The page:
Facebook Drama and More

When this silly drawing page started on Facebook, I didn’t make anything of it. I mean, seriously, there are so many anti-Islam pages and groups on FB that spout all sorts of nonsense about Muslims and their lives that to take notice of one or any is to drive yourself crazy over nothing at all. In fact, any attention given to these ‘waste of anyone’s time’ pages only brings more web traffic to them and gives them more clout on the Internet.

Now, what does irk me a lot is to see how some people in the west are getting their panties in a bunch over finding ways to rub the Muslims the wrong way. Sarcozy in a frenzy over the face veil; the ban on the ‘burka’ in Belgium where only a couple of dozen women (out of some 500,000 Muslims) take the full ‘niqab’ or face veil; the mayor of a French town going crazy over a burger joint’s decision of putting halal burgers on its menu in some Muslim majority neighborhoods; and now this pointless ‘Draw Muhammad Day’ page that was started as a reaction to the banning of a South Park episode, where the Prophet (PBUH) was portrayed in a bear outfit.

All of these acts fall under the guise of either secular government policy or freedom of speech. What confuses me about this is that under the first category, nuns and Sikhs should also be required to change their appearance, just as the burka clad women (which, hasn’t happened so far). And, under the second, FB should block this ‘Draw Mohammad’ page in Pakistan, just as it has blocked pages that deny the holocaust in countries where it is a crime to do so. I haven’t seen this happen either.  Therefore, am I to believe that secularism and freedom of expression are selective?

What’s really ironic is the fact that these are the very people- the paragons of liberty and progress- that are doing unto the entire Muslim world what a handful of barbaric tribal warlords from the mountains did unto them. That is, criticize their lifestyle choices. As far as I recall, it wasn’t me that said, ‘off with your heads for listening to music!’ Then why deny me my halal beef patty in a little restaurant in France. I certainly don’t see local bodies taking up arms against the numerous vegetarian and kosher restaurants that are ‘challenging’ France’s secularism by the same logic.

This nonsense of secularism exists only as a shield against any sort of change, especially when the change comes from the Muslim world. India calls itself secular, yet you have the BJP there that runs a riot all the time. The US is supposedly secular (separation of state and church and all that jazz), yet you have an influential Bible belt and the Republicans. Try and drive through middle America and the villagers of Pakistan will start to look more progressive. Switzerland bans minarets but has churches with steeples. These are not actions of secular states. These countries are merely preserving their own culture, tradition and religious symbolism in the face of something new.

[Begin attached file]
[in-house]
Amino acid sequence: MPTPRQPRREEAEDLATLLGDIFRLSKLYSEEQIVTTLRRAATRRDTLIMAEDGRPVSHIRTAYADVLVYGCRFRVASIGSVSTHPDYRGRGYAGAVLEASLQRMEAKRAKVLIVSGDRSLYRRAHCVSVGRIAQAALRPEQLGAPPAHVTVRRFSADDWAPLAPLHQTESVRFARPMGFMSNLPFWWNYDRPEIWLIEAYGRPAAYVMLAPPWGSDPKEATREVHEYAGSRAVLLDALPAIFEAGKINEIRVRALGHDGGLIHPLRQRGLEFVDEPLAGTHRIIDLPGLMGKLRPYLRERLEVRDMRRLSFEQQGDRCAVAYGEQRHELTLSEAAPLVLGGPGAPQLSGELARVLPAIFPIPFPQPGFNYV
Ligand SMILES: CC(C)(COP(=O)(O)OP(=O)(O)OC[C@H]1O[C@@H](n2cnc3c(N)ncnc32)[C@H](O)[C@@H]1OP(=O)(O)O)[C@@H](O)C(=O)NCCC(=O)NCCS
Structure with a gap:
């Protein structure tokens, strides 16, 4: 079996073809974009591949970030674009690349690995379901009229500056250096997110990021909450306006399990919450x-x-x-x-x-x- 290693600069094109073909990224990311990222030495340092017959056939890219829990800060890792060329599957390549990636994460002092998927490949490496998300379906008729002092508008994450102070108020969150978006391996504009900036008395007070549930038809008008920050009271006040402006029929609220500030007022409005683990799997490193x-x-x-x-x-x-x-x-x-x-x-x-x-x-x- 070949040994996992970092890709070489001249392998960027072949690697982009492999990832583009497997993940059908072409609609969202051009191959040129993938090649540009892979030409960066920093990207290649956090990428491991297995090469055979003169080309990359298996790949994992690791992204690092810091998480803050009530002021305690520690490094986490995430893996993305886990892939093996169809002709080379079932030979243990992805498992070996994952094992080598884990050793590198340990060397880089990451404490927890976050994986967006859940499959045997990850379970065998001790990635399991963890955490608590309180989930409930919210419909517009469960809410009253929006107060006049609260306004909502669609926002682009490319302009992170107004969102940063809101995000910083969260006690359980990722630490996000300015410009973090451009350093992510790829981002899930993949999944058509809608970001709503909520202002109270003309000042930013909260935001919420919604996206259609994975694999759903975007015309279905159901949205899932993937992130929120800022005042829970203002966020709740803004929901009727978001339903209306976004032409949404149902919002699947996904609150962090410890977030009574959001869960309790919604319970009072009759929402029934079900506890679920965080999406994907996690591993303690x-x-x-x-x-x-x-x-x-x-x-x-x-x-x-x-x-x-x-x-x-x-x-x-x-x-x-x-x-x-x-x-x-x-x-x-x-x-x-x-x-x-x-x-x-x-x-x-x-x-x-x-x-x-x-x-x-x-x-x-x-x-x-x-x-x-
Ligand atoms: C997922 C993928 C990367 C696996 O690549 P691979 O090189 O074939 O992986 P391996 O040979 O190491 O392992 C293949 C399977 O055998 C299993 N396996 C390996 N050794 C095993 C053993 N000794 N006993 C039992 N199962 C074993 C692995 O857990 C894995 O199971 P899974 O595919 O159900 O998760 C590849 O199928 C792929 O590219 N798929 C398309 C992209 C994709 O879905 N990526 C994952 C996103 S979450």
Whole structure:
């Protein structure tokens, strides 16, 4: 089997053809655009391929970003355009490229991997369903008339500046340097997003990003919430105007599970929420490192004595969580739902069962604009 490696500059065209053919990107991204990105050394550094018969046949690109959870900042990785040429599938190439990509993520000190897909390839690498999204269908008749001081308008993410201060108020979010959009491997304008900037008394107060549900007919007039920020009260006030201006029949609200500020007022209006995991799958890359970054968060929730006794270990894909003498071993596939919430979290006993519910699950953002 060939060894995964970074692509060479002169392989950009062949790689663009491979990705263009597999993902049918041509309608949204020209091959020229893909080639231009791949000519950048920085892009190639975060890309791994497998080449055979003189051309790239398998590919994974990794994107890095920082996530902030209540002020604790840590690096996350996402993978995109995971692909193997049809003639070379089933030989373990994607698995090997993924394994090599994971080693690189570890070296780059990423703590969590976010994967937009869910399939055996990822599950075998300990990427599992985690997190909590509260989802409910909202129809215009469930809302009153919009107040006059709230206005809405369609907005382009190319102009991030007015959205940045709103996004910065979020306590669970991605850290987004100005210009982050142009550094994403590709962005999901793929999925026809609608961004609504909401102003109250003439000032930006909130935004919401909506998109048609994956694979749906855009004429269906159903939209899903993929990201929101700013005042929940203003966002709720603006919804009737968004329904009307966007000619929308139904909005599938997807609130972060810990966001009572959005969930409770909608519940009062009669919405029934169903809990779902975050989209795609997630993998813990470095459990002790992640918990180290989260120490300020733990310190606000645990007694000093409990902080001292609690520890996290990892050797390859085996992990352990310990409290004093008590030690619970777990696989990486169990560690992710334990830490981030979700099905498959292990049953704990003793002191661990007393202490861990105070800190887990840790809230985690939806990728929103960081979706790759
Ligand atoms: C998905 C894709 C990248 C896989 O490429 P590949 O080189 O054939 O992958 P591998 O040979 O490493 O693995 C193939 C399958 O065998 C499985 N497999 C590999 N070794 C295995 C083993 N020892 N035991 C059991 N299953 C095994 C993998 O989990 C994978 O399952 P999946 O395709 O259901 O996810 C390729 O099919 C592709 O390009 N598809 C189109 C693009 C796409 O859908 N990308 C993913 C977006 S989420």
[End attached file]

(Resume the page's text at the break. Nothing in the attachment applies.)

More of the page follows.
Anyway, after ranting about the myopia of some, I have to say something about appropriate reactions and responses to this kind of incitement. To come back to the FB ‘Draw Muhammad Page’, I think that the ban imposed on FB by Pakistan’s Lahore High Court was just plain old silly. The LHC had no business getting involved in this online fracas.

For starters, how ridiculous is it that as the whole Muslim world ignores this issue, the Pakistani government takes it upon itself to put aside all civilian issues of priority such as electricity failures, target killings, enforced disappearances, and the ongoing war, to sort out this Facebook page matter. The fact that the government has even requested an enquiry into the matter is just preposterous.

Does the Pakistani government really think that by banning Facebook, Youtube, Wikipedia and Gmail that people all over the world would suddenly change their opinions and convert? Or that, perhaps, if our foreign minister were to casually meet the owners of that page over tea and samosas that those guys would actually say, ‘aah, we see your point!’ I mean seriously, who are they kidding?

I think ignorance is bliss sometimes. It would have been best to ignore this page for then its fate would have been similar to my resume’s. It would be lost in the dark hole of the Internet, never to see the light of day again.

If the page had to be fought against, then everyone should have supported the ‘Anti Draw Muhammad Day’ page, which, by the way, did have many more members and ‘likes’ than the said controversial one. Let the numbers speak for themselves.

I really wish that sometimes we as Pakistanis (the government included) would stand up for ourselves using our brains and not our hearts. We should not let the guilt of being the ‘silent majority’ make us do moronic things like this, which, ultimately, are futile.

Are You More a Teacup or a Mug Type?

It was a somewhat cold day in mid May and I was out shopping with a friend on the Hampstead High street. Her objective was to buy a gift for a friend. I was just accompanying her and taking in the sights and enjoying the vibe (and yes, there is a vibe in London even on a cold day). We went to Whittards of Chelsea- a great place to buy teas, coffees, cups, mugs and other related knick-knacks. Though Whittards has branches all over England, it has still managed to maintain that quaint, ‘mom-and pop owned’ type look in some of its stores. This particular one had a rickety, narrow staircase that took you down to a basement room where all the crockery was displayed.

As my friend debated over buying the blue striped mugs or the red patterned teacups as her friend’s birthday gift, we got into an interesting conversation about personalities. The question that triggered it was, “Are you a tea cup type person? Or More a mug type?” My immediate reaction was to recoil in discomfort and say, “No, No. Definitely not a teacup type.”